In 2001, he started his first venture collaboration with China and in 2005 was appointed UK Chairman of the China-UK Venture Capital Joint Working Group. This working group had such high support that the first meeting was launched by then Finance Minister Gordon Brown, in Beijing. Martin went on as Chairman to assist Chinese solar wafer manufacturer Renesola list first on the London Stock Exchange (AIM) and then on the New York Stock Exchange (NYSE: SOL). Annual revenues grew from $5 million to $1.2 billion in five years. He has just joined the Board of a British fuel cell company which has high growth potential.
Business creation and building is just one outlet for Martin’s creativity. He is an excellent photographer and has created stunning works of art. In fact, in 2007, his work was displayed at Factory 798, an art gallery in Beijing. The exhibition was entitled “Images of China in Transition.” In addition, he had an exhibition in the gallery of the Lee Miller Archive. The photographs were taken in the garden of Lee Miller in Sussex, England and were exhibited alongside his selection of some of her unseen images. Additionally, Martin produced the catalogue for the Tunnel 228 Underground Installation produced by Kevin Spacey and The Old Vic, where Kevin Spacey works as Director. According to Mr. Spacey, “Martin has the rare ability for a photographer to capture the essence of a subject and turn them into works of art which speak to us directly.”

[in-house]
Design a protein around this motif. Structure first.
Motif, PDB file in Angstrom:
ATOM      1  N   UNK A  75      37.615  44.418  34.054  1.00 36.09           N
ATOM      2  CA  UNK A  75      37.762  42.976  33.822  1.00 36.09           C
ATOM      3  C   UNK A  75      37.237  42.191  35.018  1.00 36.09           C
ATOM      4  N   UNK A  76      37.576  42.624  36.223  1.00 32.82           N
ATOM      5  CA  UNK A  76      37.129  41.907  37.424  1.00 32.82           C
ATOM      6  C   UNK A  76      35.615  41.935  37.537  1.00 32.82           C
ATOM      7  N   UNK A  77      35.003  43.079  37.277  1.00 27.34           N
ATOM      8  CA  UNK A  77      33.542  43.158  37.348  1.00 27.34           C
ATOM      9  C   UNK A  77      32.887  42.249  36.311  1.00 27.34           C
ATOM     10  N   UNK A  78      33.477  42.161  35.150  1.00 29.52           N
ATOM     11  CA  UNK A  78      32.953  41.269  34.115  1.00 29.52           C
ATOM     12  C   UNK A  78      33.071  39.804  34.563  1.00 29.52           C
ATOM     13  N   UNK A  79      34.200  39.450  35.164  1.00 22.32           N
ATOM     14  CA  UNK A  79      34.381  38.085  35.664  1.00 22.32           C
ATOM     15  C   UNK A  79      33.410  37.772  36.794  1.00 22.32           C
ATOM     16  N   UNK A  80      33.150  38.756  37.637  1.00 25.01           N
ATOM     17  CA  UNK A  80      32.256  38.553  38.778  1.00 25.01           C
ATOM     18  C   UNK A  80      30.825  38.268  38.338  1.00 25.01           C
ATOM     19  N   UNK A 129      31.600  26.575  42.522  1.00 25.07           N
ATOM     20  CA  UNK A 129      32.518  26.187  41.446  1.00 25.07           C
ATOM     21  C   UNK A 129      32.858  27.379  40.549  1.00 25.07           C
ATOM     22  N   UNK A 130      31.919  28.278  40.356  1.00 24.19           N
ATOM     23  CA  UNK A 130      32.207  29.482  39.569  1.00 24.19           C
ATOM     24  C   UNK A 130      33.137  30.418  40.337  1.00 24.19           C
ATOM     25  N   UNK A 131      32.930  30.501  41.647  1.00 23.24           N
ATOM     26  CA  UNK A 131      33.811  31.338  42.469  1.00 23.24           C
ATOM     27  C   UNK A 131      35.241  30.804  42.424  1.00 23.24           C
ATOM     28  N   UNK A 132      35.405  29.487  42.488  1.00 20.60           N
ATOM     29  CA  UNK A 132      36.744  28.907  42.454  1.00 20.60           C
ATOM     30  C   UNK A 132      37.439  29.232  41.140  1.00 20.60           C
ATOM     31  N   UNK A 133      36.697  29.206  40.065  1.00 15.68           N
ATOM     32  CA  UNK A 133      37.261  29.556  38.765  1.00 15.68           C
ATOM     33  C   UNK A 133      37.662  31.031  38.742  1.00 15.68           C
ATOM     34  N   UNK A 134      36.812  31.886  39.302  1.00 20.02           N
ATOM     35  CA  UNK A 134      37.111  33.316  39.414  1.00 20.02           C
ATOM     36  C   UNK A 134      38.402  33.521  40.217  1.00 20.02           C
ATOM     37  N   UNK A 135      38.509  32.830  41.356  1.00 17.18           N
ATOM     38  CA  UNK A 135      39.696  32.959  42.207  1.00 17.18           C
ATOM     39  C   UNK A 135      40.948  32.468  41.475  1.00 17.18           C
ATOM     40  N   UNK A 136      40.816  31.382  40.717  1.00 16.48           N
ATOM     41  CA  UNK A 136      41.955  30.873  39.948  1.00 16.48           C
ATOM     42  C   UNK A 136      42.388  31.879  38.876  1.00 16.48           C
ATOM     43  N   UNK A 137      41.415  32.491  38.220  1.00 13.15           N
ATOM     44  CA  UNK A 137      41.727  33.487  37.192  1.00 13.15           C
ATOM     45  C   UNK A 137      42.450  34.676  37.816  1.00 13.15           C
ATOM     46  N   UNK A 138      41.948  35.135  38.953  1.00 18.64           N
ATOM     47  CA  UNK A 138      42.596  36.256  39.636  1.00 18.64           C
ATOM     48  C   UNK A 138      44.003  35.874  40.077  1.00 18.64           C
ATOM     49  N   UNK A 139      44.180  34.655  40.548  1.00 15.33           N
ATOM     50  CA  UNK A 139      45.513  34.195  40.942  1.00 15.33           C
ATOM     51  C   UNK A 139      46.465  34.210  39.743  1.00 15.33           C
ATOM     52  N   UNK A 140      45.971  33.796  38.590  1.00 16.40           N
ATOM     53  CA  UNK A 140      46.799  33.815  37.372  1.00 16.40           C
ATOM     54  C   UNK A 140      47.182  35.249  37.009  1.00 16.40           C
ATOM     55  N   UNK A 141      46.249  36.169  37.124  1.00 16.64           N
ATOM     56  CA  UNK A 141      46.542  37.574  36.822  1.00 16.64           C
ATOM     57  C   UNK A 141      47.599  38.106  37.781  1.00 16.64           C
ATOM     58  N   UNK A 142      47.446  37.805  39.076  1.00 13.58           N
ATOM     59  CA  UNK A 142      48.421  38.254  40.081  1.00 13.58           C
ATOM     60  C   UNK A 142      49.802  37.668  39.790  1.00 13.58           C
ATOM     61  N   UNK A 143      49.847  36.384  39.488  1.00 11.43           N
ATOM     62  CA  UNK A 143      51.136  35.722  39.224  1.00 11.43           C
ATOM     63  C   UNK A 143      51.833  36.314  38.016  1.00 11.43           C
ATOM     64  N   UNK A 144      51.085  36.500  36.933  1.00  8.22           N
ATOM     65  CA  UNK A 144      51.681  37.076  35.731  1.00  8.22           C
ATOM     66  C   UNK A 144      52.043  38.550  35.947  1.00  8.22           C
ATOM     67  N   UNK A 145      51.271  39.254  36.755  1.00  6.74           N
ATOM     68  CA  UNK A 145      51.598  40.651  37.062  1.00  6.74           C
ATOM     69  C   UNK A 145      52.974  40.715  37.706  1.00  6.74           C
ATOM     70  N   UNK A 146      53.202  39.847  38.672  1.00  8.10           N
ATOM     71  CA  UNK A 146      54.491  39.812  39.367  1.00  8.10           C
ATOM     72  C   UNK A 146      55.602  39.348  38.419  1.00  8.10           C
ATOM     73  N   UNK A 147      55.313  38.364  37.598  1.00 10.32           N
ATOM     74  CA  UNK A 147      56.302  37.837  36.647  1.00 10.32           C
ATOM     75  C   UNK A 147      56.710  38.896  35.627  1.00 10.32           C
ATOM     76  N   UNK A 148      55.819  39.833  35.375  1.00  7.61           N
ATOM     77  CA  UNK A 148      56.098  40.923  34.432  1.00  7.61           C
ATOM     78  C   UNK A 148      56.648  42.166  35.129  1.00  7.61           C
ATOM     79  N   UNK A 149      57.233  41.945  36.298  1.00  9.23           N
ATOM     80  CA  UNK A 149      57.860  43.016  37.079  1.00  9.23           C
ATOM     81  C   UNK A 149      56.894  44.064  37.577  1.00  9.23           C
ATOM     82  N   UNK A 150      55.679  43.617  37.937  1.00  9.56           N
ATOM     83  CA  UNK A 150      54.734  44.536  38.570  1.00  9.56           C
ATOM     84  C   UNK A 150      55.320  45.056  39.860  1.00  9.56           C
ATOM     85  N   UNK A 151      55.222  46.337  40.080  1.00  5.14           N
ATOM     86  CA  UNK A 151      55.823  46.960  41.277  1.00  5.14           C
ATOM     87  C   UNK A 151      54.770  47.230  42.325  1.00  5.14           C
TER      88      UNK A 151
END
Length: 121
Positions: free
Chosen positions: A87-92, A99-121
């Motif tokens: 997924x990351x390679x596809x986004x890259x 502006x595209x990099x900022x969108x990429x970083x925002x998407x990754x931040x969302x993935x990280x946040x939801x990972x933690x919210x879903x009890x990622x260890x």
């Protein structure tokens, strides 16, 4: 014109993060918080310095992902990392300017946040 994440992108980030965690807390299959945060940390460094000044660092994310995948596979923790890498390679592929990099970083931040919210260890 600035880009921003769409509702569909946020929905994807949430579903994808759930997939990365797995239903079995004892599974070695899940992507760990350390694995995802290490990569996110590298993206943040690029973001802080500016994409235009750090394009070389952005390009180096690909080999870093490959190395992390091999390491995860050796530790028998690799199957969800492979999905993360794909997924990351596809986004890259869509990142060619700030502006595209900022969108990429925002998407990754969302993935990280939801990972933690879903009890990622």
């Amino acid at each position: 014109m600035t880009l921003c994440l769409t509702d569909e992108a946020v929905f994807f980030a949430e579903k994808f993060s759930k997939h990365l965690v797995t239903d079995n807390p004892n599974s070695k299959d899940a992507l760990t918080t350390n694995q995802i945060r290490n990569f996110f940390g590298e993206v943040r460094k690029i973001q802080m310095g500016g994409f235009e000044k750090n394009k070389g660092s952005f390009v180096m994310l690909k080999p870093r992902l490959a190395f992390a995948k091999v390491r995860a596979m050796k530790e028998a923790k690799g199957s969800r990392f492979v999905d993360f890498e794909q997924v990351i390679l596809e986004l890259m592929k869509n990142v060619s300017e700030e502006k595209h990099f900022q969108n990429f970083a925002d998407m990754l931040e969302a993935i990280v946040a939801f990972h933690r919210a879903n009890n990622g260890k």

Furthermore, Martin is currently working on the first of a three-volume novel entitled “The Gift”. The first volume ends with the day before 9/11 and our hero is a young woman trying to get back home to Ithaca, NY to her ill mother. It is an Odyssey and as such, she offends the Gods and is blown off course. Martin is writing the book to express the feelings he had during the first internet era; he spent a third of his time in the US between 1998-2002, investing in e-commerce and telecom companies in California, New York, Boston and Northern Virginia. Martin has embedded some of his photographs and poetry into the book and these will also be published as a separate volume.
To view the next blog in this series, click here.